A combination of overhead and body camera footage shared by the Fairfax County Police Department shows officers chasing the animal in a wooded area before managing to corral her.
“A passerby saw a llama out for a jog on the Fairfax County Pkwy near Popes Head Road,” the department said. “After eluding our officers, the llama was found in a backyard and safely taken secured by APP.”
— Fairfax County Police (@FairfaxCountyPD) December 20, 2022
Police transported the animal to the Fairfax County Animal Shelter (4500 West Ox Road), where she got a temporary home in the facility’s barn.
“The llama was assessed by shelter staff and the shelter veterinarian and found to be in stable condition,” shelter director Reasa Currier told FFXnow. “The shelter staff provided her bedding, food, and water. Shelter staff immediately began searching for her family.”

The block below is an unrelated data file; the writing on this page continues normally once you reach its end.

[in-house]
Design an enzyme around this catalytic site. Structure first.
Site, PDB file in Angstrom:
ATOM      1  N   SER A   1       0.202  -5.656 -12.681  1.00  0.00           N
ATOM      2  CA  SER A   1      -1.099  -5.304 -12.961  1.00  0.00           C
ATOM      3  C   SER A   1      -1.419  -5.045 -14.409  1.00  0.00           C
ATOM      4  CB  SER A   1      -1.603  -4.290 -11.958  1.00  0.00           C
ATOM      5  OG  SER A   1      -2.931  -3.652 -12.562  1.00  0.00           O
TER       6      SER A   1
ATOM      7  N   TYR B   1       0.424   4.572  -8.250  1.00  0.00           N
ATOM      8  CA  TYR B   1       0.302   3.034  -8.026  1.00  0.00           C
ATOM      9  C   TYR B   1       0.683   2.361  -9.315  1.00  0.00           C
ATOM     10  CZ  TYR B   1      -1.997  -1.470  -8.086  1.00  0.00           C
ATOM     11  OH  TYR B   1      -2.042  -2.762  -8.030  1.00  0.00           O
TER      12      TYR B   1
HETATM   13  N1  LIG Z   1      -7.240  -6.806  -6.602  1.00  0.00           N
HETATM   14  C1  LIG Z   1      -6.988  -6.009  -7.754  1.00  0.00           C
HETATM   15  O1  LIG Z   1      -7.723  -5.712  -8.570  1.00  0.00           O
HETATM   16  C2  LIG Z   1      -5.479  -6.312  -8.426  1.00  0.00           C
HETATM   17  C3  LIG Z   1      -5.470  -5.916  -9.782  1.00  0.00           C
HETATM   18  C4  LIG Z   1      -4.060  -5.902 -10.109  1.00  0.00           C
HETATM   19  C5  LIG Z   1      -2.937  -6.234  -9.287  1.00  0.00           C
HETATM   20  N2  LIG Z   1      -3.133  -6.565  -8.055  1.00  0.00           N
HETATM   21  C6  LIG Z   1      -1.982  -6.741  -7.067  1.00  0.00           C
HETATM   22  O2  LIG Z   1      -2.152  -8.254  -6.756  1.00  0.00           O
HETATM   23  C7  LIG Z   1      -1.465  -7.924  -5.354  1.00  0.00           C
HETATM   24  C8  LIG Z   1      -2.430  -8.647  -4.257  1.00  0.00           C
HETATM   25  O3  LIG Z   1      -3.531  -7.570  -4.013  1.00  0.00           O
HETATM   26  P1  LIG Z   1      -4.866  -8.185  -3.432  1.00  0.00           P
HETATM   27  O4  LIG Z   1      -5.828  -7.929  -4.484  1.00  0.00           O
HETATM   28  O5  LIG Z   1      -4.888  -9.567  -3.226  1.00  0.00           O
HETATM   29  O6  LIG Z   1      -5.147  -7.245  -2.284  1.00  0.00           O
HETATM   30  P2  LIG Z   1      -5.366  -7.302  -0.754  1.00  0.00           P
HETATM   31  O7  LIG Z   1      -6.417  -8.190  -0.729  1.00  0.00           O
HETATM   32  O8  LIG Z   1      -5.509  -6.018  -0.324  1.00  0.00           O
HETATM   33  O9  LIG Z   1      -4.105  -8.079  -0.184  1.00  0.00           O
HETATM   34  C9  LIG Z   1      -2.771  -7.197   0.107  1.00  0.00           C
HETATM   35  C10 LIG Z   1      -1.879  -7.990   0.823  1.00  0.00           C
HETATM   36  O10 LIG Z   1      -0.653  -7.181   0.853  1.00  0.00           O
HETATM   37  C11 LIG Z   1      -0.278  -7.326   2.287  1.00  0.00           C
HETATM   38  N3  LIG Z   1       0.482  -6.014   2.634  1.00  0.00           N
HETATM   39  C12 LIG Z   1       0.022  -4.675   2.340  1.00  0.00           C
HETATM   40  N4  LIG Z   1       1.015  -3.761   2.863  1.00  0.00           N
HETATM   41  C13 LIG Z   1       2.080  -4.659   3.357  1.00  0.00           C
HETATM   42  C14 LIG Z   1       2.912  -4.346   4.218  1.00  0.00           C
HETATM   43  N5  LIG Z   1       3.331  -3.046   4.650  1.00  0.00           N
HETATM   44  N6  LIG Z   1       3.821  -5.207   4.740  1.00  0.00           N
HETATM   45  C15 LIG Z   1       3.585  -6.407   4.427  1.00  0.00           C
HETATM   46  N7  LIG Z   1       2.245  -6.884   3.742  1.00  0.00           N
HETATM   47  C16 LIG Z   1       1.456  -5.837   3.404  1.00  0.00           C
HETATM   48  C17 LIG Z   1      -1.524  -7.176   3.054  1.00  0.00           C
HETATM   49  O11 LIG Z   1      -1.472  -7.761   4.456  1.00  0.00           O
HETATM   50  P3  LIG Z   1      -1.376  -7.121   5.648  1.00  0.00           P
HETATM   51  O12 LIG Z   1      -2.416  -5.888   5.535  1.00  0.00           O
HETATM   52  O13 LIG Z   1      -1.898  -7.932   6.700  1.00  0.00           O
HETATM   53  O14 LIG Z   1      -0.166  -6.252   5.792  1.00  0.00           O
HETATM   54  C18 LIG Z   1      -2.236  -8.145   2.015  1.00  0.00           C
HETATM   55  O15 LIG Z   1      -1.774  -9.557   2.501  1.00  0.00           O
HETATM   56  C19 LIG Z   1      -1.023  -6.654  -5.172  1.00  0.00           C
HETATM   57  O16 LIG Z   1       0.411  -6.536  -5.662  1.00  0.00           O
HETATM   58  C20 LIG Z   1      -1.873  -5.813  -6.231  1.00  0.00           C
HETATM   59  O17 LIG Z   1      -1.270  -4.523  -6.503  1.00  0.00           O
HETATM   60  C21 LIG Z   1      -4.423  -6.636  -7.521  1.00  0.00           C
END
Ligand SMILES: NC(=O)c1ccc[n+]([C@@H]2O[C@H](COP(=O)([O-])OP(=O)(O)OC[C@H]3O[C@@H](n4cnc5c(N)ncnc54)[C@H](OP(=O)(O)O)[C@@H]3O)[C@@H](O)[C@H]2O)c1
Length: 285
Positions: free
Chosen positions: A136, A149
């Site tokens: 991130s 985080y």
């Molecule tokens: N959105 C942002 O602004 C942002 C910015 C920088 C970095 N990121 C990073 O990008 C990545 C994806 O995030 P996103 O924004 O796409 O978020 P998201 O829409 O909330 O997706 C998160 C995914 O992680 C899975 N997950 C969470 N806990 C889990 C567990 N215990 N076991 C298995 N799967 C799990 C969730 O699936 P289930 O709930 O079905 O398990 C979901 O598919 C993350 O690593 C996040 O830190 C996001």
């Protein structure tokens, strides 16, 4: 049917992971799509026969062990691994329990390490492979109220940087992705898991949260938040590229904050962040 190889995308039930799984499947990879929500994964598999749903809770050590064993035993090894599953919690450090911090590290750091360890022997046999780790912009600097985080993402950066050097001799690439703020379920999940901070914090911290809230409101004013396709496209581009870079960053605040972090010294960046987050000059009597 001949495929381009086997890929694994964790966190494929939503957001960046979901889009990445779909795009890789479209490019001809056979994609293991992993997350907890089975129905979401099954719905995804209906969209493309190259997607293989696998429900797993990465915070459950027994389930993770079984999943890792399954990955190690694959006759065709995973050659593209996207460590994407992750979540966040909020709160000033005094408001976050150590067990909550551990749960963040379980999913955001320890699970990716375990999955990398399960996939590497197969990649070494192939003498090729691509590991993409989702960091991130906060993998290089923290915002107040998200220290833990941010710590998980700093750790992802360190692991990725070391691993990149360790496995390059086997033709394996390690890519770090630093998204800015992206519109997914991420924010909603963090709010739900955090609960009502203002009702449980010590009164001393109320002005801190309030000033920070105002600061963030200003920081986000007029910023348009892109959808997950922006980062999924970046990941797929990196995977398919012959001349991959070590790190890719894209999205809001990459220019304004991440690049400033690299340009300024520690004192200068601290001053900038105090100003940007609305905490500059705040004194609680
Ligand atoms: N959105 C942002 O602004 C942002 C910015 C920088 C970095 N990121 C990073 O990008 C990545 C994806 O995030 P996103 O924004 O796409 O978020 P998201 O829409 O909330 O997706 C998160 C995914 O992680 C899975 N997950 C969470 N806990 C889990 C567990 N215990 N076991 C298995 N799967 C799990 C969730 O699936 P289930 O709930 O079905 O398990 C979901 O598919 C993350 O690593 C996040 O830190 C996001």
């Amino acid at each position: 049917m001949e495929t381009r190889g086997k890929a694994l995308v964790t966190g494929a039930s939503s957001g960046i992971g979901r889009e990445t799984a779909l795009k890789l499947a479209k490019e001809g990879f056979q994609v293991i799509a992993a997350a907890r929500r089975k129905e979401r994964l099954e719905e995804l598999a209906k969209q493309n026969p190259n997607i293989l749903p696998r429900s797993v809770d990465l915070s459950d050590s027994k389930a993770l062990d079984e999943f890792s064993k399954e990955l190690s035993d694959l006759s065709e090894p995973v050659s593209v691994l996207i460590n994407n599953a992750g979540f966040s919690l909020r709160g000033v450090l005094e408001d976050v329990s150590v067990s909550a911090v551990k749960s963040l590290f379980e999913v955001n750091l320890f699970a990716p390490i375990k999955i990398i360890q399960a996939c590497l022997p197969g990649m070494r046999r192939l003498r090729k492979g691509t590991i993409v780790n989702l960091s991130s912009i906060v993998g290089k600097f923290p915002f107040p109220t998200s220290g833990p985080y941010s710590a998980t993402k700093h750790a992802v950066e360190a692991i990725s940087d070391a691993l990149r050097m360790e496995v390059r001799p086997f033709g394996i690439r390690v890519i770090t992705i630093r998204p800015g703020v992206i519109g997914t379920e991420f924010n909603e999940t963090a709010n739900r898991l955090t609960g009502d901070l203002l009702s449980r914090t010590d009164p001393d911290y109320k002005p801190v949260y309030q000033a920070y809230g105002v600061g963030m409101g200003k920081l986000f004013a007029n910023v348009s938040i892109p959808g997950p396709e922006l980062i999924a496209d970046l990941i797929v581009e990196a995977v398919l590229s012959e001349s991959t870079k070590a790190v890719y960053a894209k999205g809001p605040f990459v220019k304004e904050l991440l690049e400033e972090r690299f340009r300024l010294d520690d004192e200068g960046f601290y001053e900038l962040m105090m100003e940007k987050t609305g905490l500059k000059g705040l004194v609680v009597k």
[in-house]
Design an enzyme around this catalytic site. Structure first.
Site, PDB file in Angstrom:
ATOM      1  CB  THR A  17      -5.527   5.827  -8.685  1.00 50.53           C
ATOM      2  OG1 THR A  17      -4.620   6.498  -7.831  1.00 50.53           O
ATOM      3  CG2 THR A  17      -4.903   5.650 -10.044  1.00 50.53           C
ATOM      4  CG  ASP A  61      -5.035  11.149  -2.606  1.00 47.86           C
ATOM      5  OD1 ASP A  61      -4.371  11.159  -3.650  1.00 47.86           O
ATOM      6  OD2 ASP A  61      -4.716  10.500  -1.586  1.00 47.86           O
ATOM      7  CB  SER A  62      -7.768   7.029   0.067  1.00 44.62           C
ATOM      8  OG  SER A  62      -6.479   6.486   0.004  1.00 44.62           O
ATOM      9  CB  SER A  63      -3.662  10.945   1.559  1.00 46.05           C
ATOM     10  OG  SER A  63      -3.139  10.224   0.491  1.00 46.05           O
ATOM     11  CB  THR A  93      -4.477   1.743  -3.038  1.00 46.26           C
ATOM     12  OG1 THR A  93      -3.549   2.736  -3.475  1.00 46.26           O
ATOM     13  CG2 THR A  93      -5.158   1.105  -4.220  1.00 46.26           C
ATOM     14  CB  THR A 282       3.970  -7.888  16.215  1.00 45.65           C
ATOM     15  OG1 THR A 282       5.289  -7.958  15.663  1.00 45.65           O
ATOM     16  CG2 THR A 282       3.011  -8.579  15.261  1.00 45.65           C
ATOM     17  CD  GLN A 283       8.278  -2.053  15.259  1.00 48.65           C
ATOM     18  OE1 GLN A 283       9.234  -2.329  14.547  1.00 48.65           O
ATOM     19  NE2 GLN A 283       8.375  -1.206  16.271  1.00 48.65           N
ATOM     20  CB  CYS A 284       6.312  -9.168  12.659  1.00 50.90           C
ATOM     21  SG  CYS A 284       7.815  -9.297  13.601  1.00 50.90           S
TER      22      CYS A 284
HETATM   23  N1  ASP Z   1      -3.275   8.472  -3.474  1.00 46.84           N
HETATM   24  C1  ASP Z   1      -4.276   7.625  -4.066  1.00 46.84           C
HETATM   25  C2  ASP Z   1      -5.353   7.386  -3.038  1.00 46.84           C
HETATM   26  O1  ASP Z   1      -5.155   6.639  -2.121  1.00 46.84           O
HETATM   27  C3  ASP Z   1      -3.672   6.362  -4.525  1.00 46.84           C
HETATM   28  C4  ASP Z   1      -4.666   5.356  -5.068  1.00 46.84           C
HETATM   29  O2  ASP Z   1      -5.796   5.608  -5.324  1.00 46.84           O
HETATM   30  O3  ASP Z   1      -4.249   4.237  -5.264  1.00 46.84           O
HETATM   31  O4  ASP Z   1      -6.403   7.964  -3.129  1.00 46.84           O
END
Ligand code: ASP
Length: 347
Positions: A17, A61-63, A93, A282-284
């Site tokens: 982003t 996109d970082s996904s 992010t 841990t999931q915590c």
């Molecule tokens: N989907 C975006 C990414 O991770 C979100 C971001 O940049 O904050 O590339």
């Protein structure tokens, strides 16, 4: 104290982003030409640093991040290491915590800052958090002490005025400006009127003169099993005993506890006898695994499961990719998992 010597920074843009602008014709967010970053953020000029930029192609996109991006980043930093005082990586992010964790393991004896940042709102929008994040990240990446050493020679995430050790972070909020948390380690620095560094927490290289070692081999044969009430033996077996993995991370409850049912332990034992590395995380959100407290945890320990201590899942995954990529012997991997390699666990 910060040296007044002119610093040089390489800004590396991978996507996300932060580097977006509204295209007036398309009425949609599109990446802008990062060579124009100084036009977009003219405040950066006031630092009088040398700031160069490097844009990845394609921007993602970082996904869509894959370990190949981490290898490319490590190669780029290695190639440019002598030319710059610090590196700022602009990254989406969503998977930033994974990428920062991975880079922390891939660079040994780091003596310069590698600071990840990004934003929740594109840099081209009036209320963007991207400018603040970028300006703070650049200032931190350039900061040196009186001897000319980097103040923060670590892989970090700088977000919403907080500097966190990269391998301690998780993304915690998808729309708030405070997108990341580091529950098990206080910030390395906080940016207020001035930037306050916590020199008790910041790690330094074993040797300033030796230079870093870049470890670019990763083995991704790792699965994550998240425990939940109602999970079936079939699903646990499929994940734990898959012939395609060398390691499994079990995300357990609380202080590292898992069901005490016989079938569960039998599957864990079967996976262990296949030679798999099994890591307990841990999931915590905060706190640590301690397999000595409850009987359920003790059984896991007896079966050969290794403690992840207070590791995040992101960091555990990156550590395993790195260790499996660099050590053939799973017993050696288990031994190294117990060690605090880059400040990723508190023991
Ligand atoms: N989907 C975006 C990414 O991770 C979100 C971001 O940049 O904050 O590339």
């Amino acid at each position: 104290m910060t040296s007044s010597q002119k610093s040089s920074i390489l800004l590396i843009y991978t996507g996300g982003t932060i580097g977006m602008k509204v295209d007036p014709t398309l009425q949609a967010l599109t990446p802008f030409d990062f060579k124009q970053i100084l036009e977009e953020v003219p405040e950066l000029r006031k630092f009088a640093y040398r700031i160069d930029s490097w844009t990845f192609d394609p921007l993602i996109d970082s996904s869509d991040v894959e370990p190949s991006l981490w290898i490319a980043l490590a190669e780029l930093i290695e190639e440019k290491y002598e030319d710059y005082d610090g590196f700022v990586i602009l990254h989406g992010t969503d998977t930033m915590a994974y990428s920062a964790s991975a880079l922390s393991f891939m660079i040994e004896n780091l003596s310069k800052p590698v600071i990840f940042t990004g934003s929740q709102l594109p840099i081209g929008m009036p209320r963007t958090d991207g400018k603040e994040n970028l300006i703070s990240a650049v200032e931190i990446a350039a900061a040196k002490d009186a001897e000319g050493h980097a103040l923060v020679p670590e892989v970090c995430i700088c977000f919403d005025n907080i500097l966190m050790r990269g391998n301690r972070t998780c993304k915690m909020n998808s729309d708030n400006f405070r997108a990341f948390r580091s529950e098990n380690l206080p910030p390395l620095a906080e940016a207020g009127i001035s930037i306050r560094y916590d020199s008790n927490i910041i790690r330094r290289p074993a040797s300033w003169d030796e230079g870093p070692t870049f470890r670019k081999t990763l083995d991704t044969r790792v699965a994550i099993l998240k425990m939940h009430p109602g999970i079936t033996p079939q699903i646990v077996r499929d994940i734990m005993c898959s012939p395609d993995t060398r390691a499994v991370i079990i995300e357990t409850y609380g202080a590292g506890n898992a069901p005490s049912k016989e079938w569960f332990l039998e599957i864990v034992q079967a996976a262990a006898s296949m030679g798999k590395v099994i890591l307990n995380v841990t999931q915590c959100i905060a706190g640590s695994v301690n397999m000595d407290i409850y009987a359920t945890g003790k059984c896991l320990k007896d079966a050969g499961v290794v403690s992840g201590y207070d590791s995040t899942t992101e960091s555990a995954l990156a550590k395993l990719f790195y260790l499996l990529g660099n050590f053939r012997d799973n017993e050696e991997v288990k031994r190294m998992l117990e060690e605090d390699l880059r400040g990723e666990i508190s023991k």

“We have a stray llama” is the quote of 2022, and maybe a great way to summarize the overall year. https://t.co/QmTH7BRJa9
— Martin Austermuhle (@maustermuhle) December 20, 2022
It’s been a year for random animals roaming around the area – zebras in Prince George’s County, a black bear in Tysons Corner and now…?! https://t.co/8R77sBEddj
— Nicole Hawkins (@NicoleHawk) December 20, 2022
Namaste, llama stray 🦙 https://t.co/lYWj1hks24
— Council of DC (@councilofdc) December 20, 2022
In a welcome change of pace from previous unusual animal escapes in the D.C. region, Kolby’s adventure appears to have a happy ending: the shelter’s staff located her owner yesterday (Tuesday).
“He was eager to be reunited with his llama,” Currier said. “…Kolby received a lot of attention from the shelter staff and seemed to enjoy all of it.”
While not as common as horses or sheep, llamas are permitted as livestock in Fairfax County. The zoning ordinance allows up to five llamas per acre of land, provided the property is at least two acres in size — a rule that also applies to their cousins, alpacas.